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During the week of April 22nd through the 30th, while many Creole establishments around New Orleans are riding the seasonal high that comes with spring’s seafood bounty, Alon Shaya of Besh Restaurant Group’s Shaya will be observing a different kind of season.
Alongside the pillowy, wood-fired pita bread he’s become famous for, Alon will be firing up mountains of matzo, a traditional Jewish unleavened bread, for his celebrated Seder menu at his namesake Israeli restaurant. Seder plates are traditionally served during Passover, the commemoration of the Jews’ liberation from slavery in Egypt.
Sensing a demand for Jewish cuisine in New Orleans, the chef, who earned his chops turning out unforgettable Italian food at New Orleans’ Domenica, began serving the Seder menu several years ago at the stylish eatery. Other Israeli influences began to make their mark on the menu, much to the delight of diners.
Those precursors at Domenica eventually led Alon to realize his dream of opening his own restaurant that pays tribute to his Jewish heritage and the heritage of all the immigrants who flocked to Israel seeking refuge following World War II.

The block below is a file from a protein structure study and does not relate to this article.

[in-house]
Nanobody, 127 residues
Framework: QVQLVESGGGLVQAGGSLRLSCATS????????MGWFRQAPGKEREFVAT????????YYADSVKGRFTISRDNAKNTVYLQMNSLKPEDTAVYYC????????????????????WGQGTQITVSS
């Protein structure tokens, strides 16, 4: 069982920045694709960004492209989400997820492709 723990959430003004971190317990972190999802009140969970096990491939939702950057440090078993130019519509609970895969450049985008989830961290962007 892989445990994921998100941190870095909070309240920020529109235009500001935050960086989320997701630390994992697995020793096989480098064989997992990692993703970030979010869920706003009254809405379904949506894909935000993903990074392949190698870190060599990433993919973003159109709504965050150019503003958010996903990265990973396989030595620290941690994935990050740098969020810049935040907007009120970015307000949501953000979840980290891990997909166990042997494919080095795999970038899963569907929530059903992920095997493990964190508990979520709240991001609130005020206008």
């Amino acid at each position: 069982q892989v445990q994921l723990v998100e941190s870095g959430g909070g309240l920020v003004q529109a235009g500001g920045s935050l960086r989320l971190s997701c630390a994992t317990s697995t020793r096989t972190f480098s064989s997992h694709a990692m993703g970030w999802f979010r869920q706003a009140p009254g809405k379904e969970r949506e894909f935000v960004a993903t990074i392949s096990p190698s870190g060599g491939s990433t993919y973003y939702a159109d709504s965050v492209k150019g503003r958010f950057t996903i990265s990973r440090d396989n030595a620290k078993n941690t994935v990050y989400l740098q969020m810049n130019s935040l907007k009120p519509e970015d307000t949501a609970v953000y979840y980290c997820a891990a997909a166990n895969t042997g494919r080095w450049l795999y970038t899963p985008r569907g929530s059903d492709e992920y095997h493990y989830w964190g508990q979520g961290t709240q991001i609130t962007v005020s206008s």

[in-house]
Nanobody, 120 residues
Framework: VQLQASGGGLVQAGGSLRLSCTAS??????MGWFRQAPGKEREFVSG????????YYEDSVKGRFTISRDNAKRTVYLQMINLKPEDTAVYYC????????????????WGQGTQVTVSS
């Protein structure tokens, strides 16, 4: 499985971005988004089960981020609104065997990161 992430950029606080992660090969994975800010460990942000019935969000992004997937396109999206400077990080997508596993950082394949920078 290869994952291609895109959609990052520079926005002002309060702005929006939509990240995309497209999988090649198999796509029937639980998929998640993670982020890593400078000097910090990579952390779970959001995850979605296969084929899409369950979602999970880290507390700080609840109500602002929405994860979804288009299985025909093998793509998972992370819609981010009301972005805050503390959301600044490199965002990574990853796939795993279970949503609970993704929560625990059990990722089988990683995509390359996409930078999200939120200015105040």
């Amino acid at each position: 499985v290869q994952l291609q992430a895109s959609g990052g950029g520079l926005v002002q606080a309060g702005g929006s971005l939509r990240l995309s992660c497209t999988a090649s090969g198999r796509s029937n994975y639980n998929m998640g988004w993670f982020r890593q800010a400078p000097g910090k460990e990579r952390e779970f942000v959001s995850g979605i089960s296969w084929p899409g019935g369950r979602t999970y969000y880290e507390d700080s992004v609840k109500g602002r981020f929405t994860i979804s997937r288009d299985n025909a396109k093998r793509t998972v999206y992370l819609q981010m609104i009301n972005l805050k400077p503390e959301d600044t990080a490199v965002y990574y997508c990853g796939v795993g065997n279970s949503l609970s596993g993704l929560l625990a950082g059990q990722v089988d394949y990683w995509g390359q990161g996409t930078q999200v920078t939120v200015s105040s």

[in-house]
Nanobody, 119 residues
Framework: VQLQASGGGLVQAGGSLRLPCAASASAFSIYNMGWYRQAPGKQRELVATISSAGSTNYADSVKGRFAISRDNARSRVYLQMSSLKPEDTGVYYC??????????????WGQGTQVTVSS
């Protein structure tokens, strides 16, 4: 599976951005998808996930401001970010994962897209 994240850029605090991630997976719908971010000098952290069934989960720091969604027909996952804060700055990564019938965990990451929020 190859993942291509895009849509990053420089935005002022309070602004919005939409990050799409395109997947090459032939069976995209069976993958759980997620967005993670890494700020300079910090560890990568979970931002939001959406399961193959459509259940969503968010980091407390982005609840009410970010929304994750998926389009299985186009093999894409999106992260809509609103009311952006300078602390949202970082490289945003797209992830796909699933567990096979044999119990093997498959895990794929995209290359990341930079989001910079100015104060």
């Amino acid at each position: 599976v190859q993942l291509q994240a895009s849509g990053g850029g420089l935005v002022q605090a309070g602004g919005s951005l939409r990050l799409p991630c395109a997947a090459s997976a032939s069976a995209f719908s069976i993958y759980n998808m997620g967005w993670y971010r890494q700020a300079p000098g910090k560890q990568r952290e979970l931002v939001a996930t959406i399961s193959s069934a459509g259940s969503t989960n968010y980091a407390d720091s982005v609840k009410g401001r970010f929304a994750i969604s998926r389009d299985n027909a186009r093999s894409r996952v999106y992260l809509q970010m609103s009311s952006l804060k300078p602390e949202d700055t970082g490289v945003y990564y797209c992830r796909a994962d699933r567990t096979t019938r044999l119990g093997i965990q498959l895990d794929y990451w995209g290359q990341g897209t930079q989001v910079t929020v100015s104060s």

Since the 2014 opening of wildly popular Shaya, the talented chef has been busy cooking up menus for all of the Jewish holidays, as well as accepting multiple awards, including being named Best Chef South by the James Beard Foundation.
Alon, born in Israel, now claims New Orleans, Louisiana, as his home, and it is here in the Crescent City that he has built a warm and welcoming space that reflects the ongoing evolution of Israeli food, while celebrating the abundance found in Louisiana.
On the menu, you’ll find Israeli delicacies with a distinctly local twist. For example, one can try traditional Kibbeh Nayah, a tartare made with beef and lamb raised in Picayune, Mississippi. You’ll find Gulf Red Snapper in the restaurant’s Chraime, a dish favored by Israeli Jews of North African origin, and Alon’s popular curried fried cauliflower features cilantro grown in Amite, Louisiana.
The cuisine of Israel bears the influence of the legions of cultures that have made the country their home over the years. Polish, Greek, Yemenite, and Moroccan flavors are just a few of the influences that show up across the different plates at Shaya.
“Israel, as everyone knows, is a very different country from others in the Middle East,” says Alon. “It’s Mediterranean, sure, but it also draws heavily from Eastern European, African, and Persian Gulf cultures. That’s why Israeli food is so different from other Middle Eastern cuisines.”
The Passover menu at Shaya reflects a traditional Jewish Seder plate, with updates for the fine-dining enthusiast. The restaurant’s impeccable wood-fired matzo is the vehicle for all parts of the meal.